Five of us met at the State Library for a two-hour discussion and critique session. Members present were Julia Wakefield, Maeve Archibald, Dawn Colsey, Steve Wigg and Stella Damarjati. We had a apologies from, Marilyn Linn, Jill Gower, Lynette Arden and Athena Zaknic.
A Haiku Ginko is being hosted by GRAI on 12th November for members of the GLBTI (gay, lesbian, bisexual, transgender, intersex) community and for anyone who may be interested during Pride Month (Western Australia).
Gordon Young is a British artist who has been commissioned to work in Sydney’s Inner West. His works are often in public places, sometimes on a large scale and usually based upon text. www.gordonyoung.net.
In Sydney he is working on a series of brick spheres, incorporating writing from the Australian poets Peter Goldsworthy and Amanda Stewart, as well as diverse content from song lyrics to diary entries, which will be cut into the brickwork.
Gordon has approached the Australian Haiku Society hoping to source some haiku for use on one of the spheres. The work will be located in a public park.
The brick spheres reference the 5000 bricks brought to Sydney on the First Fleet, Sydney’s built environment, and the Inner West’s heritage clay pits, brick kilns and chimneys.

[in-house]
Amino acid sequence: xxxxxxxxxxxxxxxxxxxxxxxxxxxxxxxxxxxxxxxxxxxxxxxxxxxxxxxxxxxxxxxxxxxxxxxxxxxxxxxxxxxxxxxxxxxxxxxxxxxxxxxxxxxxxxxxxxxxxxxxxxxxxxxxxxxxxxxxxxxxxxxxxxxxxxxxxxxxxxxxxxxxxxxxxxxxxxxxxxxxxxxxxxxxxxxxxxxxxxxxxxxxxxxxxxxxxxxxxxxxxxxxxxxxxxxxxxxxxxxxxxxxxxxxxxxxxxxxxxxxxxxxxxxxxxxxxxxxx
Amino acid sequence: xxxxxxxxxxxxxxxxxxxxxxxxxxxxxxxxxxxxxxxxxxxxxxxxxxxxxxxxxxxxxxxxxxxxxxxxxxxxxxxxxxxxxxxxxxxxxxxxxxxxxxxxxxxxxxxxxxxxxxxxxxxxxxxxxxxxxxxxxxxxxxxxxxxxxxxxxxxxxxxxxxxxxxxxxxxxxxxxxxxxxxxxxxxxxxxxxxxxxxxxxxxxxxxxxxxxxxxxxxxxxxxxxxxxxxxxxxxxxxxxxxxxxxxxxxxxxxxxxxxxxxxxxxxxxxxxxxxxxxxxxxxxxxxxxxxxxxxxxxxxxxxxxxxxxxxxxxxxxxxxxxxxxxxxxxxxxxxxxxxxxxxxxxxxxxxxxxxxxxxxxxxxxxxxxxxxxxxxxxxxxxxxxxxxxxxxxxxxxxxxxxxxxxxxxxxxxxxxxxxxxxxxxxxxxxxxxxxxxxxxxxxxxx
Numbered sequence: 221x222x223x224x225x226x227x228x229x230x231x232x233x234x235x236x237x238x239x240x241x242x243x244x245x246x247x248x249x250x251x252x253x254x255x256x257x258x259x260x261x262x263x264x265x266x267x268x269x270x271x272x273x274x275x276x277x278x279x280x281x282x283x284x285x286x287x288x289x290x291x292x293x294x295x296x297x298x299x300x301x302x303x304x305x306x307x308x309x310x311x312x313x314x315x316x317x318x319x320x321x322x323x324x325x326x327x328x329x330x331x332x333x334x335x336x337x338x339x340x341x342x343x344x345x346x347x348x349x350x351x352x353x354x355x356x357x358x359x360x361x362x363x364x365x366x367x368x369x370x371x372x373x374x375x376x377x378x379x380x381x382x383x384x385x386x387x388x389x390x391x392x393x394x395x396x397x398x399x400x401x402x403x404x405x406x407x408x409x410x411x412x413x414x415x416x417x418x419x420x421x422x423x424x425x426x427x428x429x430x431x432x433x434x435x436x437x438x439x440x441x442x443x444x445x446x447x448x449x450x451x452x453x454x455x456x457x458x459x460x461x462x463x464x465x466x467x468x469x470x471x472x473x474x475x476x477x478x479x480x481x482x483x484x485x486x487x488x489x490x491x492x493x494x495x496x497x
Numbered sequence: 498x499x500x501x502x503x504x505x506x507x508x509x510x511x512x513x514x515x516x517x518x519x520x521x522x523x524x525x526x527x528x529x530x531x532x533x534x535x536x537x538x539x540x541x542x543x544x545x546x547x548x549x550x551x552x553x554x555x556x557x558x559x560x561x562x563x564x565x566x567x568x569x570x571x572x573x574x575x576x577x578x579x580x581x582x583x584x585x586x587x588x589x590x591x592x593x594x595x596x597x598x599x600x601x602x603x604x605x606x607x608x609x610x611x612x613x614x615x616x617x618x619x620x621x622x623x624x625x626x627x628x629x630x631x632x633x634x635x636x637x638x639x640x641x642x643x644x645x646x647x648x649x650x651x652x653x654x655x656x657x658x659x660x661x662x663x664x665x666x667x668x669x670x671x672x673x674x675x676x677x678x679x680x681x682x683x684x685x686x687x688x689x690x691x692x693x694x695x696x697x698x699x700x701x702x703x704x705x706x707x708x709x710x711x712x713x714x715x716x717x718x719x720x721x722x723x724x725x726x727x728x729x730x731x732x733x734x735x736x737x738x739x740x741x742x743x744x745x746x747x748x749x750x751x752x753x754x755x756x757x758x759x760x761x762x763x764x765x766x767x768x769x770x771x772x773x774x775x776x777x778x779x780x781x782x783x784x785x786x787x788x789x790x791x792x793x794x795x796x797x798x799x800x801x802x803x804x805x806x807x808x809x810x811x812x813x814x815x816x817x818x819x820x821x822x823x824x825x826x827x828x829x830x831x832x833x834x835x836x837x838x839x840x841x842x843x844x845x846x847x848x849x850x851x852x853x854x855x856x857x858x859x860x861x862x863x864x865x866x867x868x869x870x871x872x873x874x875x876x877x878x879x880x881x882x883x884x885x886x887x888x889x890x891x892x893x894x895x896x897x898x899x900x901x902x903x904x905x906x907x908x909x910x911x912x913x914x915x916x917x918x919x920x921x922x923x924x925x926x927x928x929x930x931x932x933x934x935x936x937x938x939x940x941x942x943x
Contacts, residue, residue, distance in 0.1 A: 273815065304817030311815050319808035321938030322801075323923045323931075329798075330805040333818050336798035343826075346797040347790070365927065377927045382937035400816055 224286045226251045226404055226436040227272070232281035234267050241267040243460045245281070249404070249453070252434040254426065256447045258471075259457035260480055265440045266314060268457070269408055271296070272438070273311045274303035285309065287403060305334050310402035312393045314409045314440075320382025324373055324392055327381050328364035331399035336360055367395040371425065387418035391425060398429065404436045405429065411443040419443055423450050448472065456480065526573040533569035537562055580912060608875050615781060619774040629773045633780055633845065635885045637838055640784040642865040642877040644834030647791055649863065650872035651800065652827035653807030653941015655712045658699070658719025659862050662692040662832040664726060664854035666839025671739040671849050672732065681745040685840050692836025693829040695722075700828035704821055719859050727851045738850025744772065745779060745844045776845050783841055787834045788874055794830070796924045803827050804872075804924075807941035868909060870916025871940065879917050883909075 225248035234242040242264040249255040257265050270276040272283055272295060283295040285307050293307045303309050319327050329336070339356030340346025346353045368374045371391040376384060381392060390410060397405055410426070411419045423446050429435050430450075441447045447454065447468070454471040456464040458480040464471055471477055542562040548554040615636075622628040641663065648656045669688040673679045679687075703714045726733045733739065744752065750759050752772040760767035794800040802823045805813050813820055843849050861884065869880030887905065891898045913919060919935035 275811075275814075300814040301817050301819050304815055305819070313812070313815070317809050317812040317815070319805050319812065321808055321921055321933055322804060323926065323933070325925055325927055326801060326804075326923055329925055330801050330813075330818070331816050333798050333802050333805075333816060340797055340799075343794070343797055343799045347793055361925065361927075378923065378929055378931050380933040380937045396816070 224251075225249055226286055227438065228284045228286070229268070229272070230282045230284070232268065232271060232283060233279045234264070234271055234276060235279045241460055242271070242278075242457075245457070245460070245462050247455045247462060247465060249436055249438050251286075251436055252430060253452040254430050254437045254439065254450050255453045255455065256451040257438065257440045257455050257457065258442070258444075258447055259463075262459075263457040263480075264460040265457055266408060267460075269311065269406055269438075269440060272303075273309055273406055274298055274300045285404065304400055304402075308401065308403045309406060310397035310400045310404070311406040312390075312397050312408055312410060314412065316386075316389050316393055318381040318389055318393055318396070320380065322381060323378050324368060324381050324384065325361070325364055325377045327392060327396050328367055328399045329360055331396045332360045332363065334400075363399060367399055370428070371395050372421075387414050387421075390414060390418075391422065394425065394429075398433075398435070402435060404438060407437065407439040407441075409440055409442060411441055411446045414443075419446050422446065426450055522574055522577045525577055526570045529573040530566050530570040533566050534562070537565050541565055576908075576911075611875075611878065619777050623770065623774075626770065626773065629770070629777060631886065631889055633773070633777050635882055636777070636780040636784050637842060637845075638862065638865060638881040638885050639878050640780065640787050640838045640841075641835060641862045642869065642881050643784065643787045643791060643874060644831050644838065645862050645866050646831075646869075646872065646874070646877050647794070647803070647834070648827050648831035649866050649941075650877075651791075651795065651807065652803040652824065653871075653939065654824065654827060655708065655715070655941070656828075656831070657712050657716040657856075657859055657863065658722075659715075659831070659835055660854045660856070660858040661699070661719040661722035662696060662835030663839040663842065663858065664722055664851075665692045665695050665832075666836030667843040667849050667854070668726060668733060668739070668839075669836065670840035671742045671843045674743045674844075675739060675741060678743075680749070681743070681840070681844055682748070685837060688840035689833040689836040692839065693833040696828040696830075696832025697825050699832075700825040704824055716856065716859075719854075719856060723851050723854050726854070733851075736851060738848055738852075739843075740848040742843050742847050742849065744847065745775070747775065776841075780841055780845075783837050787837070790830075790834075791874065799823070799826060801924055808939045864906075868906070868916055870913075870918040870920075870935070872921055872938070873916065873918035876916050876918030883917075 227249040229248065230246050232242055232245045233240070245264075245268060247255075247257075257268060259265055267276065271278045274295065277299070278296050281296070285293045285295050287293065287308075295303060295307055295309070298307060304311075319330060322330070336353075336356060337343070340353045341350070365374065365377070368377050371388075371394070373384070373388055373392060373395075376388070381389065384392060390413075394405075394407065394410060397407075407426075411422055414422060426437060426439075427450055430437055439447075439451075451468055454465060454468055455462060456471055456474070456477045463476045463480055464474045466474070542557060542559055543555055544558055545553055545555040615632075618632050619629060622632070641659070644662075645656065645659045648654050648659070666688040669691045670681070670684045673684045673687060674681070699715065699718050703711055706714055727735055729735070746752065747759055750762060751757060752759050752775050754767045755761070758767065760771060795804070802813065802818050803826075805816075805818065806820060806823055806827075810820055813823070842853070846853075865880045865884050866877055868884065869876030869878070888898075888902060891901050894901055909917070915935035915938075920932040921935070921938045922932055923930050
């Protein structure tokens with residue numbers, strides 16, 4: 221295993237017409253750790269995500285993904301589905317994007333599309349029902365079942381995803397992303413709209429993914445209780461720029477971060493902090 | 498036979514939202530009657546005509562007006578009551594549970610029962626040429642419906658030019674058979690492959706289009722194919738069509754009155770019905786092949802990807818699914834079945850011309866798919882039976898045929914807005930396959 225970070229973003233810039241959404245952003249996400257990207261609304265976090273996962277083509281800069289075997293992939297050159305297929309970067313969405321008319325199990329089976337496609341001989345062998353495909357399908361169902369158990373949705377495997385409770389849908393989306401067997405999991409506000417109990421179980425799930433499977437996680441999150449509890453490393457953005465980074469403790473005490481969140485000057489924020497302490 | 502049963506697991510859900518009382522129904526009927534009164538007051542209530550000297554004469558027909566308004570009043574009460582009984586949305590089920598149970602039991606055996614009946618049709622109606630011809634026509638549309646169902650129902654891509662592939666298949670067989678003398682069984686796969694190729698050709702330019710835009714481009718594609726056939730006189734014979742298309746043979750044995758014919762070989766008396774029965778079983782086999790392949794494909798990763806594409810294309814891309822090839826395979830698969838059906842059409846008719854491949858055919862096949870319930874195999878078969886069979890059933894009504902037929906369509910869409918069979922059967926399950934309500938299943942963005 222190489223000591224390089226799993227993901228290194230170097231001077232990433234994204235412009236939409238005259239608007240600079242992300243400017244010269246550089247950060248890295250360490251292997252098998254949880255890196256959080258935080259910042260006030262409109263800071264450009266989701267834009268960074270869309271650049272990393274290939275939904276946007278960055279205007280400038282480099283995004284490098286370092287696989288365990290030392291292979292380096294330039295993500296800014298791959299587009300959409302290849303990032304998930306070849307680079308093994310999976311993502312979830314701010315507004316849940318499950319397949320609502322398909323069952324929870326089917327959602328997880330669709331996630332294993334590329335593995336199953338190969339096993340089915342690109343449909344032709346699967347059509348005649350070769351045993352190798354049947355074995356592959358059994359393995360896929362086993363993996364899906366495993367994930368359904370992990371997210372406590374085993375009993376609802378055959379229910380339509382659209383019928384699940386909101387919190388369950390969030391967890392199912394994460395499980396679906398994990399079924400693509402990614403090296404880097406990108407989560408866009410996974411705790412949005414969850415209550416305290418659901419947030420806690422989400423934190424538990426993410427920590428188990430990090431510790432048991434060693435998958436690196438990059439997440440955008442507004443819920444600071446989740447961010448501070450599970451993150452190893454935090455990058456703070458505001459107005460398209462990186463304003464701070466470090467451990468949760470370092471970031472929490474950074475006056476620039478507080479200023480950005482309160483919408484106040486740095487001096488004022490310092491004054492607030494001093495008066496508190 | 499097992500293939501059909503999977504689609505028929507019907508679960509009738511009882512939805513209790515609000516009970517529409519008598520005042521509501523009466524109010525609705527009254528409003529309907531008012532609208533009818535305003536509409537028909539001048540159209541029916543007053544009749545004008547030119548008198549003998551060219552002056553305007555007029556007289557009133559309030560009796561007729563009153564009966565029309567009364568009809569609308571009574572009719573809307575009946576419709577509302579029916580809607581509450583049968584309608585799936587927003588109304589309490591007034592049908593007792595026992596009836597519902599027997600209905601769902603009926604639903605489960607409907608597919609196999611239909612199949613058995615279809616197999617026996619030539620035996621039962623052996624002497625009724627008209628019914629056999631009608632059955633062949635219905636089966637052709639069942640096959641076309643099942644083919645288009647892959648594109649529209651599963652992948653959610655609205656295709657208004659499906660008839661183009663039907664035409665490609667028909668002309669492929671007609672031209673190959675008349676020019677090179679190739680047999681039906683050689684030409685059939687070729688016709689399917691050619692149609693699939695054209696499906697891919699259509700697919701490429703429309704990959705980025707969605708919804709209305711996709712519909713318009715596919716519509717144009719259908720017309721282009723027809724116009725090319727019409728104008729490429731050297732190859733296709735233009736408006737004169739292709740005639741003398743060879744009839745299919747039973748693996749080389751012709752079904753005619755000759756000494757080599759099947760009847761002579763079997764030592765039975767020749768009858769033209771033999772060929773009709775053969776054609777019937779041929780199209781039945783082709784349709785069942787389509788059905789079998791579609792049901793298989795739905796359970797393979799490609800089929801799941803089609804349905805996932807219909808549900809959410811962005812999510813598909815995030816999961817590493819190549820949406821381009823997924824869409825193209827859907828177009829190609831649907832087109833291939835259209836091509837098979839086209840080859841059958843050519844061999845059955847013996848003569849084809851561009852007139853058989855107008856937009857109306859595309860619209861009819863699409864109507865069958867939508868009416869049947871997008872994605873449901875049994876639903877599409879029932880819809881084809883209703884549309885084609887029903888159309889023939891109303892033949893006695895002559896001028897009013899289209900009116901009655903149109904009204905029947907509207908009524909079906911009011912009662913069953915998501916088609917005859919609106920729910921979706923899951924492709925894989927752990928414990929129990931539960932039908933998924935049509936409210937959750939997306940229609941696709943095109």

The subject: The History of Sydney’s Brick Industry or A Walk
If you are resident in Sydney or neighbouring NSW, please send up to five haiku, published or unpublished to: email@example.com by 18th November. Please note that submission does not guarantee inclusion in this project.
A sunny afternoon had brought customers to The Oaks and busy mowers to the adjacent grassland, magpies and cockatoos adding further sounds of spring as we settled around a table in the dapples. As usual, we’d anticipated this casual time-out together and greetings were hearty between the five of us – Kathy Kituai, Glenys Ferguson, Marietta MacGregor, Gregory Piko and Jan Dobb. We missed Hazel Hall whose time was stretched with her involvement in Canberra’s annual festival of Poetry on the Move. Continue reading “HAIKU @ THE OAKS, CANBERRA”
And a new opportunity for English-speaking tanka poets
As most tanka writers would be aware “Hyakunin Isshu is an anthology of one hundred Japanese waka poems composed between the 7th and 13th centuries. The anthology was later adapted into a card game deck and played a significant role in familiarising Japanese people, both young and old, with classic literature.” It still does.
Although the anthology has been translated into English in book form by various people, until very recently the card game deck had not. In September 2019, the Japan Foundation (JPF), in Sydney promoted the game’s first English translation and offered the opportunity to play it in their premises at Level 4, Central Park, 28 Broadway, Sydney.